AO consequence settlement discussed at European Parliament

Efforts to deal with consequences of Agent Orange (AO)/dioxin should focus on environmental improvement and long-term support for AO victims along with dioxin remediation activities, heard a seminar held at the European Parliament (EP)’s headquarters in Brussels, Belgium on November 28.

AO consequence settlement discussed at European Parliament
The event was co-organised by the Vietnam-EU Parliamentary Friendship Group in the EP and the US’s Aspen Institute, with the participation of representatives from some foreign embassies in Belgium and EP agencies.
Chris Keyskens, president of the international AO victims’ Belgium chapter, said Vietnamese AO victims need support to have better lives.
According to her, as of late 2017, the Belgium chapter had presented 18,414 EUR to the victims, and the association aims to help disabled AO child victims to go to school and provide capital for families of AO victims in Hoi An city, Vietnam’s central province of Quang Nam, to promote their own production activities.
Dr. Charles Bailey, former Director of the Aspen Institute Agent Orange in Vietnam Programme, introduced the book titled “From Enemies to Partners – Vietnam, the US and Agent Orange” that he co-wrote with Dr. Le Ke Son, former Vice Director-General of the Vietnam Environmental Administration.
In the book, the authors pointed out severe consequences of dioxin on Vietnamese people as well as local environment over the past half century.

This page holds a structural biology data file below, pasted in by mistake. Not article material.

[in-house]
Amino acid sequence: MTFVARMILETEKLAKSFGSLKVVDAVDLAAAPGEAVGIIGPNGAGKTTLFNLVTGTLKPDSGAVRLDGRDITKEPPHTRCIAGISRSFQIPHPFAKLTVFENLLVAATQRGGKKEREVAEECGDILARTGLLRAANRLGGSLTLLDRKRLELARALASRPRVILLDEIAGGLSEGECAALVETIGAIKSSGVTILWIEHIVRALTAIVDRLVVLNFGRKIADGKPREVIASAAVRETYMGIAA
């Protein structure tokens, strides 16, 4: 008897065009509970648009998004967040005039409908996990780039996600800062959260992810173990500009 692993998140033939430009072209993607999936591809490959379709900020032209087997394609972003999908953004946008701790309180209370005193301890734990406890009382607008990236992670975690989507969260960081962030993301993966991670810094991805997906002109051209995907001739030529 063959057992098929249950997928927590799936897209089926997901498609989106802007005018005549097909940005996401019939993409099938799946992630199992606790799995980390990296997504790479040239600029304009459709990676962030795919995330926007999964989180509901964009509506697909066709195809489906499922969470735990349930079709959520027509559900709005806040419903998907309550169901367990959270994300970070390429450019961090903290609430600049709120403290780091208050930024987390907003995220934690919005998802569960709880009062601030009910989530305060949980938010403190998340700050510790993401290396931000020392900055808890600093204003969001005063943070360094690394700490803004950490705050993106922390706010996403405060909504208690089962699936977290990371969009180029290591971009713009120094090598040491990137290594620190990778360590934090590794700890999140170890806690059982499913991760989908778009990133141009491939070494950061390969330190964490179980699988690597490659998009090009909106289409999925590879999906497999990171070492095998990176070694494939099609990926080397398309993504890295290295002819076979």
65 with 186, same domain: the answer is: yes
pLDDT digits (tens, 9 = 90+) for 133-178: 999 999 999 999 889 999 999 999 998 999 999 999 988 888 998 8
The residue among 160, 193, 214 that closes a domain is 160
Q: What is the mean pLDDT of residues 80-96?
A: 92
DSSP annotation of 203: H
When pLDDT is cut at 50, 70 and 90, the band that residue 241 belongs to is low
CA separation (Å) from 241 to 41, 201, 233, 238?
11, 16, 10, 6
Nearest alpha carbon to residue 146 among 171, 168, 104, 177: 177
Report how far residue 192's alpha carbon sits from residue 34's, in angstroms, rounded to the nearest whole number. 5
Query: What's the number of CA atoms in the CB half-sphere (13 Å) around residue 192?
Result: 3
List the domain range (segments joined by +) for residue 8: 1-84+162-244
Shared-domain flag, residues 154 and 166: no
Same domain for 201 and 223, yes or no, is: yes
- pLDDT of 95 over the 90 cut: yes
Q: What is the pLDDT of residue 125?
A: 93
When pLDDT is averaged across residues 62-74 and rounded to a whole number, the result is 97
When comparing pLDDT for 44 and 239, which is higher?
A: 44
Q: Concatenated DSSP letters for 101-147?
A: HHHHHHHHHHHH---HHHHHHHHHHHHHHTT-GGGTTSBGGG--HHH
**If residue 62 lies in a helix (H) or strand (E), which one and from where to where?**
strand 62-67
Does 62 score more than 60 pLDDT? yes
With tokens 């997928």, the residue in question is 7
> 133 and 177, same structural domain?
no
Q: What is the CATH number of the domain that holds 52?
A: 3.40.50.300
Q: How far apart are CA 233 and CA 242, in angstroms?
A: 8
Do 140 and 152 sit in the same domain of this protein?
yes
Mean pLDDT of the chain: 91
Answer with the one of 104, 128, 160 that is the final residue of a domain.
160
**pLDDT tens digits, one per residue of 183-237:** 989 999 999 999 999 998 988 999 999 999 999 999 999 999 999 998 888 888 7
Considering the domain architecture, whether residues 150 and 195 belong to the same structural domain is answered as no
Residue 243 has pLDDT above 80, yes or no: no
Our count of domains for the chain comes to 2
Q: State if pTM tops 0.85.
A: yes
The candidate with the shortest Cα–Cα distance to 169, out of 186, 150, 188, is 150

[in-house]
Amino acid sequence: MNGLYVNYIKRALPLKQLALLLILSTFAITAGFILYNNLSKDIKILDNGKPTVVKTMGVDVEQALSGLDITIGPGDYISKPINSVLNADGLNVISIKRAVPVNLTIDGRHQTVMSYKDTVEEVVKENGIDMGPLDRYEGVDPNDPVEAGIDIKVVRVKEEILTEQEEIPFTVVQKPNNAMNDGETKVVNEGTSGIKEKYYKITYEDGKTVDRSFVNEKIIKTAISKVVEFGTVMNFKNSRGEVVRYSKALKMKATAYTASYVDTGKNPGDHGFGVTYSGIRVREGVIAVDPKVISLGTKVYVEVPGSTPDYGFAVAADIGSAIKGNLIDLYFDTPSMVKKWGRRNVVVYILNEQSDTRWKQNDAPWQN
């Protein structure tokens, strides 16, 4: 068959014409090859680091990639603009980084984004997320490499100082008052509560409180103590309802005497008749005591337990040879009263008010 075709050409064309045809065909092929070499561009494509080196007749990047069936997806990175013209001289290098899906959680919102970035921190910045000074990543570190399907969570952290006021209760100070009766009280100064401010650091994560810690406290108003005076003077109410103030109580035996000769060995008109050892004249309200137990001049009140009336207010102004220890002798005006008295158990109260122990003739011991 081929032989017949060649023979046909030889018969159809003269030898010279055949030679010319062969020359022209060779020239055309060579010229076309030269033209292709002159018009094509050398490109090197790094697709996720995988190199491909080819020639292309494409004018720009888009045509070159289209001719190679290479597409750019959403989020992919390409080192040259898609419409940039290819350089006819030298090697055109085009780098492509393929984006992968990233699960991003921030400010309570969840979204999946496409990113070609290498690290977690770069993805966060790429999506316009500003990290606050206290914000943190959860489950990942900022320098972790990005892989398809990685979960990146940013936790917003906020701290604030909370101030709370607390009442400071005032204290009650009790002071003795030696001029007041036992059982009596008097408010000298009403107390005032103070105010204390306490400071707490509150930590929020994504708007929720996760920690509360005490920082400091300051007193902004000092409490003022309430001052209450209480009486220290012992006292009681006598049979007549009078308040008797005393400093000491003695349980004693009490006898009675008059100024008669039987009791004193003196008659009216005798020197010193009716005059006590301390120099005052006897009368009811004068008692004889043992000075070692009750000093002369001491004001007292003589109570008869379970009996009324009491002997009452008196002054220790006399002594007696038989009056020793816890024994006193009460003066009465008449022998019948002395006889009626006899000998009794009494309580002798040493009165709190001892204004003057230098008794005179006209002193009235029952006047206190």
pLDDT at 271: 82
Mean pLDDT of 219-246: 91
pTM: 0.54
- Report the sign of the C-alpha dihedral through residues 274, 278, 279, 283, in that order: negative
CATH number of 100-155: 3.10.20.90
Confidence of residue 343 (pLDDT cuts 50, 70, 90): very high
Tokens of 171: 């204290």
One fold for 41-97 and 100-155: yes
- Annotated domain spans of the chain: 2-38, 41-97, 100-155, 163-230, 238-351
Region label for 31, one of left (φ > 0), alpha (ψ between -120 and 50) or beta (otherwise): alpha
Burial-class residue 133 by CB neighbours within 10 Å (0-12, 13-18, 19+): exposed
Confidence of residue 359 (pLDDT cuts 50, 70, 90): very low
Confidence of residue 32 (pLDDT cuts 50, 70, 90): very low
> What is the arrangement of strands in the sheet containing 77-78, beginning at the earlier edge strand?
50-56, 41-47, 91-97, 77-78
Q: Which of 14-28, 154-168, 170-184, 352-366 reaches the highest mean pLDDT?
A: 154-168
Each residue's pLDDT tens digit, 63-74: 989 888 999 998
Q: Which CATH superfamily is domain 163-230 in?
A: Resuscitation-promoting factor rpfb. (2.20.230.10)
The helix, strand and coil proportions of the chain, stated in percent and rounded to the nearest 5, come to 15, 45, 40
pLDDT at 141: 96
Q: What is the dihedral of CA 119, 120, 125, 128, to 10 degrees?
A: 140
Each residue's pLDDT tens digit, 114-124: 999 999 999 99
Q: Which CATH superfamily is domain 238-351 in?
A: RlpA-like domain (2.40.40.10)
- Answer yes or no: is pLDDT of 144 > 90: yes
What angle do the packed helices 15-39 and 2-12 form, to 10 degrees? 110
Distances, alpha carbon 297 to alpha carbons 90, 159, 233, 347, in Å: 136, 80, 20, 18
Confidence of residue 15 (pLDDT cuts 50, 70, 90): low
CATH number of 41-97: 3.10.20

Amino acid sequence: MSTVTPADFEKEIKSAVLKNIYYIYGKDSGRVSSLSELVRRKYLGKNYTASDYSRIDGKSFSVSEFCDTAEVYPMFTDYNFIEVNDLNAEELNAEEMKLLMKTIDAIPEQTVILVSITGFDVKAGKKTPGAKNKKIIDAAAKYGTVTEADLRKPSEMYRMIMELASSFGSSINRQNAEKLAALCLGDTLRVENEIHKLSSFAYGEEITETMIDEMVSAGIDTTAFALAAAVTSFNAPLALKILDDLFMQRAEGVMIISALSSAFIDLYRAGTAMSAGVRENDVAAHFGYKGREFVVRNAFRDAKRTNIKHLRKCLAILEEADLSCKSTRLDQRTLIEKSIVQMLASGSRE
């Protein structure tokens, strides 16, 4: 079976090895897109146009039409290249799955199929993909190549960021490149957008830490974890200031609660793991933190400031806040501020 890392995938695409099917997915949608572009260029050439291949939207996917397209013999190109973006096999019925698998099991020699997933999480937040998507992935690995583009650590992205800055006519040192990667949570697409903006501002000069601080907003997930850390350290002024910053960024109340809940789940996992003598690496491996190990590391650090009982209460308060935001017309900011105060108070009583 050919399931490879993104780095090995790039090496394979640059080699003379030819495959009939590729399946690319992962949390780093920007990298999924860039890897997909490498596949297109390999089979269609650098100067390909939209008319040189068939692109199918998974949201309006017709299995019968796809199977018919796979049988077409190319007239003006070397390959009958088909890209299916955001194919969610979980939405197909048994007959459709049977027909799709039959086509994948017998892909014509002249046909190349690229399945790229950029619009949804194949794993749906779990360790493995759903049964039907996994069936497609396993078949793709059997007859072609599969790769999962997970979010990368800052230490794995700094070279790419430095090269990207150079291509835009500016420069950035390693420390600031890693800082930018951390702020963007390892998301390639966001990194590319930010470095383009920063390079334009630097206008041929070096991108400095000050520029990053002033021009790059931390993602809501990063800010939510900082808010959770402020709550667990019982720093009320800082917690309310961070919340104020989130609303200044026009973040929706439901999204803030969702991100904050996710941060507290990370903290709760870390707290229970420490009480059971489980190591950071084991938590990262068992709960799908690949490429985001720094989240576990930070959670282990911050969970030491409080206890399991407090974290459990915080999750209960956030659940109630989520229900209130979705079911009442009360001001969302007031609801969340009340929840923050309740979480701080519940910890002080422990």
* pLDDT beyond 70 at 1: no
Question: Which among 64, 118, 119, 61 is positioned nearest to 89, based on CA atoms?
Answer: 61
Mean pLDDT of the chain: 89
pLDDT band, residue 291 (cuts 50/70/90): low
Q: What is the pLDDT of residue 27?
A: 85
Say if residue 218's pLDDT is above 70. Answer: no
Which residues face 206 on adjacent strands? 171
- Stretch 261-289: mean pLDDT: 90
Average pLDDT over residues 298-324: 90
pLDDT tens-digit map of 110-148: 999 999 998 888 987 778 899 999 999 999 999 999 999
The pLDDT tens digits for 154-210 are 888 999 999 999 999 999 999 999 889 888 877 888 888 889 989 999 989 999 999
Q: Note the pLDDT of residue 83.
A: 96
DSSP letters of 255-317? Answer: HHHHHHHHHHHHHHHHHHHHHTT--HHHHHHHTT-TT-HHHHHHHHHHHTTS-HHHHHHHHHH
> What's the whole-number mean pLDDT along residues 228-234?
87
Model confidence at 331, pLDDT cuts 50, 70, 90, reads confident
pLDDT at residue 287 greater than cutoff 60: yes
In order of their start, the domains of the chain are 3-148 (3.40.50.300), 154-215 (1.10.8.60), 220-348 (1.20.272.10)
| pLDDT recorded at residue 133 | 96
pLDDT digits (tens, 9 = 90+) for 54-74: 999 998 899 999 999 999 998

Since 2007, Vietnam and the US have begun to join hands in addressing the consequences.
During the 2007-2018 period, the US Government has allocated a total of $136 million to the work. The money has been used to remediate dioxin-polluted soil at Da Nang, Bien Hoa and Phu Cat airports, and fund health care services for victims in seriously-contaminated zones, he added.
Vietnamese Ambassador to Belgium and head of the Vietnamese Mission to the EU Vu Anh Quang said the seminar is one of the major events of the EU-Vietnam relations this year, helping improve public awareness of AO/dioxin and seek solutions to address its consequences.
The US army sprayed some 80 million litres of toxic chemicals in Vietnam during the war, 61 percent of which was Agent Orange, containing 366kg of dioxin. As a result, more than 3 million ha of forested land was destroyed, while basic water and food sources for millions of people were contaminated.
Preliminary statistics showed that 4.8 million Vietnamese people were exposed to Agent Orange/dioxin. Tens of thousands of people died from exposure, while millions of others went on to suffer from cancer and other incurable diseases. Children and grand children of many victims have been affected with widespread birth deformities.

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